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Past Shows

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Three Buntings - Indigo, Lazuli, and Painted

Each spring and summer, Indigo Buntings sing their buzzy, jumbled songs from brushy edges throughout the Eastern US. West of the Rockies, a different bunting sings his song. Named for the gemstone lapis lazuli, a male Lazuli Bunting shimmers an iridescent azure. He looks as if he might have been... read more »

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Topics & Themes:  plumage, vocalization

Do Woodpeckers Harpoon Their Prey?

Because many woodpeckers have pointed tongues, it was once assumed that they “harpoon” their prey. But what they actually do is more complex. Like a safe-cracker in a movie, birds like this Hairy Woodpecker use a killer combination of sensitivity and force. First, as it scales a tree trunk, the... read more »

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Topics & Themes:  ornithology

A Rufous in the Rain

In a garden near the McKenzie River in Oregon’s Cascade Mountains, a downpour pummels the landscape. Imagine a Rufous Hummingbird, like this male, out and about, extracting nectar, searching for gnats and aphids. A hummingbird's stamina against the heavy rain is marvelous. Consider this: its body... read more »

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Topics & Themes:  migration

Red Knot Migration

Thanks to radio transmitters, scientists have vastly increased their knowledge of Red Knot migration patterns. For example, the vast majority of Red Knots on the Pacific Coast rely on a small number of places to rest and feed during spring migration from Mexico to the Arctic. Those locations... read more »

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Topics & Themes:  migration

Turkey Vultures and Gas Pipelines

Do vultures detect carrion by sight or by smell? The lightbulb moment came to ornithologist Kenneth Stager when a Union Oil employee told him of vultures congregating at the spots along pipelines where gas leaks were occurring. Why would they do that? Because a key ingredient in the... read more »

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Topics & Themes:  ornithology, science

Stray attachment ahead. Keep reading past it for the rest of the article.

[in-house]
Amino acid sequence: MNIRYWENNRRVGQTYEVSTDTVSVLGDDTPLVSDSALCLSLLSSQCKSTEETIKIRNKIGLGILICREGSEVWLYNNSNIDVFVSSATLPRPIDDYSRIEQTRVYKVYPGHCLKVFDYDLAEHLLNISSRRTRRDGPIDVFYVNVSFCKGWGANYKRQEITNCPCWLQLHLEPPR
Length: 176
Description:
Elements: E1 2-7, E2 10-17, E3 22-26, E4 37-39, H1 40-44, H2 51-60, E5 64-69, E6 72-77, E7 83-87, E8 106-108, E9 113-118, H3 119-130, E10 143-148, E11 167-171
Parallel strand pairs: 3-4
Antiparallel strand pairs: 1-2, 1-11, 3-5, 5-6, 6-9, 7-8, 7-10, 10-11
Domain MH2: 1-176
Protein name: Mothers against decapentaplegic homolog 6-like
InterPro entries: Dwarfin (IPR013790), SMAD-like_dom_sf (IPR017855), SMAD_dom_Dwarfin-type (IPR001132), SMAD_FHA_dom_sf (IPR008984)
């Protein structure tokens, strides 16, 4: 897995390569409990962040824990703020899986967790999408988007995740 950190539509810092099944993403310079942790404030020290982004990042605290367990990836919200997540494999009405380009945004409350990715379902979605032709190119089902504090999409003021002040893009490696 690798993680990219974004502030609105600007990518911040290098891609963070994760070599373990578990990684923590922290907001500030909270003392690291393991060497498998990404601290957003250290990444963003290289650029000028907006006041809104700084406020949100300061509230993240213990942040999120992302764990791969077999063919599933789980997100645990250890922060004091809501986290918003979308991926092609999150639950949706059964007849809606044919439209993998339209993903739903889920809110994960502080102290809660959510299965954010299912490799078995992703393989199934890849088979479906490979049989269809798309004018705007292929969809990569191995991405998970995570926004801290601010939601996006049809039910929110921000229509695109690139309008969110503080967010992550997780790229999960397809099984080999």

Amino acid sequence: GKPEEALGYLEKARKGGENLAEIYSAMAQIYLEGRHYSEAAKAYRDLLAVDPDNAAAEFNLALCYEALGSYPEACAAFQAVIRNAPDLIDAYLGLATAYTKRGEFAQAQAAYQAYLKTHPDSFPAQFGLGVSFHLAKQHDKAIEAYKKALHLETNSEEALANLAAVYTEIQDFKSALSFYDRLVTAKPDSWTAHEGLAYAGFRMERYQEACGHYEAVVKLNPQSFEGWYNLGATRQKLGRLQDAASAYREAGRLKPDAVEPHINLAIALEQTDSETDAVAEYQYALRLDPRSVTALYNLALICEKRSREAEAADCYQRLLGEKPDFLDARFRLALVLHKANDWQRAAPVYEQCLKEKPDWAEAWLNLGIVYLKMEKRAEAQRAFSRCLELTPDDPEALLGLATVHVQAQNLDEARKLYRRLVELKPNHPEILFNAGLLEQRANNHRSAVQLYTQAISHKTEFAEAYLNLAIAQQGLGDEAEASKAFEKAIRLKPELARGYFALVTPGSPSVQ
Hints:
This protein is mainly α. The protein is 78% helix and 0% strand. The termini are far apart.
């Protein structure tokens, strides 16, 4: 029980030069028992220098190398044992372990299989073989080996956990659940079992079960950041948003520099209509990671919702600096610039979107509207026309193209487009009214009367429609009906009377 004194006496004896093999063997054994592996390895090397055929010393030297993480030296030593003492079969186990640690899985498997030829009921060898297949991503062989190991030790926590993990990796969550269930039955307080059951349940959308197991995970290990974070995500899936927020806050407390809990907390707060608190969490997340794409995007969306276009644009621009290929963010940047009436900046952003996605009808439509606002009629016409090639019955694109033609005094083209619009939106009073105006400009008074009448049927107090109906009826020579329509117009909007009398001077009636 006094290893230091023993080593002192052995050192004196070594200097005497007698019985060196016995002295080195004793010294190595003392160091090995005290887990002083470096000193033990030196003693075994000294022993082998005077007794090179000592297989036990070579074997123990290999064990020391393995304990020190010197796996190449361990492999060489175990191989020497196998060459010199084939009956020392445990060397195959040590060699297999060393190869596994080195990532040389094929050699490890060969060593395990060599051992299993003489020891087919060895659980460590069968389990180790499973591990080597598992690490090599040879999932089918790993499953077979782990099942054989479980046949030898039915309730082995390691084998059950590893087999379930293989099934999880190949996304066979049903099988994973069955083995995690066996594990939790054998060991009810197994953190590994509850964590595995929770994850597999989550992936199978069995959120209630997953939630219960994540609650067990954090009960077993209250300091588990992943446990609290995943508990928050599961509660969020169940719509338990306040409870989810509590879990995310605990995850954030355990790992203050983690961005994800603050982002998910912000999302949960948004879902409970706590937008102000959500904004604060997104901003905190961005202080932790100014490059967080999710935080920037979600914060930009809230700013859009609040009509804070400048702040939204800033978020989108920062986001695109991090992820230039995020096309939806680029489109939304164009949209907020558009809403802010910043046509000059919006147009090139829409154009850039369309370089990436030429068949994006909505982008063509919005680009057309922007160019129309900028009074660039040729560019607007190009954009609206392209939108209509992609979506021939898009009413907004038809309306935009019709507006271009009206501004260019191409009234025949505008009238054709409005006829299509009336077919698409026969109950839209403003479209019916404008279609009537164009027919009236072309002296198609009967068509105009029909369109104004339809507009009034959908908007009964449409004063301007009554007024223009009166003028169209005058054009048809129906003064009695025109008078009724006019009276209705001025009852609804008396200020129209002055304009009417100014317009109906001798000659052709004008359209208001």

Hoatzin!

The Hoatzin is a strange bird, indeed! It looks like it was put together by a committee. But the way it looks isn't the only thing that sets this bird apart. The Hoatzin is strictly a leaf-eater, filling its stomach with leaves, and then resting and digesting for long periods. Chicks have... read more »

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Urban Cooper's Hawks

Next time you’re in the city, look up. When pigeons are wheeling, you might just see a different bird in pursuit. The Cooper’s Hawk, once known as the “chicken hawk,” used to be in steep decline due to hunting and the effects of DDT on breeding. Today, it’s the most abundant of the bird-eating... read more »

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Grosbeaks and Monarchs

Black-headed Grosbeaks are one of very few birds that regularly eat Monarch butterflies. Most birds and other animals find the butterflies unpalatable, if not downright toxic. The caterpillars of Monarchs consume milkweeds that contain toxic substances known as cardenolides. The poison is stored... read more »

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Topics & Themes:  science

Meadowlarks and Grasslands

The clear, whistled music of the Eastern Meadowlark (seen here) is the unmistakable anthem of eastern North America's farmlands and open country. The Western Meadowlark and its sweet, liquid notes epitomize the natural expanses of the American West. Sadly, birds of such grassy habitats are among... read more »

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Gannets and Dolphins

Northern Gannets, fish-eating seabirds, dive headfirst into the ocean at speeds of up to 60 miles an hour, pursuing their prey. Sometimes, they get help. Dolphins herd fish into dense, frantic concentrations near the surface, while gannets take advantage and plunge into the shoals from aloft.... read more »

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